(8.1) 
is not too large; the perturbation theory has to be combined with a renormalization group analysis in this case.
The physics described by this perturbative method can, in most cases, also be elucidated by the large N expansion we have developed in the previous chapters. However, there are a number of instances where the underlying principles are most transparently illustrated by studies close to and above d = 3. Our specific reasons for undertaking such an analysis are:
We have not yet found a successful description of the low frequency
dynamics of the order parameter (n or s^{z})
in the high T regime in d = 2, although we did succeed in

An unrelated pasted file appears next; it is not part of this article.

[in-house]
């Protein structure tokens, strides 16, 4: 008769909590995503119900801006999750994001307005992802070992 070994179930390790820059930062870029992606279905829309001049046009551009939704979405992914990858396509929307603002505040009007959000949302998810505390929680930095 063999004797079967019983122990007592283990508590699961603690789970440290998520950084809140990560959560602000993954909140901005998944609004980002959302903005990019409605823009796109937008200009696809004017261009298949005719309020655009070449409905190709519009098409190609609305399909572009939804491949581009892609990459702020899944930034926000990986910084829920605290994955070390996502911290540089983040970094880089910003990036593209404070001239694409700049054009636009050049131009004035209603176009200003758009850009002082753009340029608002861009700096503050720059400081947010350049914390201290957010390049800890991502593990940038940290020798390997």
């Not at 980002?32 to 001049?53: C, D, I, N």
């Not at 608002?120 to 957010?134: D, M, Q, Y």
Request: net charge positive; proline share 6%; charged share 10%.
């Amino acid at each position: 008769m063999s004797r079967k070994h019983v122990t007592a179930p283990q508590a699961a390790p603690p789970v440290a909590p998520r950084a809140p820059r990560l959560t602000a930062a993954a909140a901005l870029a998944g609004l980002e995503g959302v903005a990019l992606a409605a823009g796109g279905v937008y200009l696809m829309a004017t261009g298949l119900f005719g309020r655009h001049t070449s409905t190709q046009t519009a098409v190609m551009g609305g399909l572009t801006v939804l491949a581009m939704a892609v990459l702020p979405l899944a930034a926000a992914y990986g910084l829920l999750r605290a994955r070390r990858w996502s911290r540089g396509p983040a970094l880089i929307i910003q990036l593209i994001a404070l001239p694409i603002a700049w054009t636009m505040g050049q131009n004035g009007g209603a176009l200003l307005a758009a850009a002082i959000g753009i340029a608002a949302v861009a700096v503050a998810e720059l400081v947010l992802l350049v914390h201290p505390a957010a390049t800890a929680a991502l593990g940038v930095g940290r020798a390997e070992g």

d = 1 in Chapters 4 and 6.
We show that the eexpansion leads to an appealing
quasiclassical wave description of this dynamics.
For the quantum rotor models being studied here, the crossovers above the uppercritical dimension, with d > 3, are obviously in a physically inaccessible dimension. However the basic structure that will emerge is quite generic to quantum critical points above their uppercritical dimension. The results will therefore be useful in Part 3 where we will consider other models with a lower uppercritical dimension, so that dimensions above the uppercritical can be experimentally studied.
The following chapter studies transport properties of the quantum rotor models in the high T and quantumparamagnetic low T regions in d = 2. While it is possible to do this within the 1/N expansion, the computation is simplest, and most physically transparent, using the e expansion we shall develop here.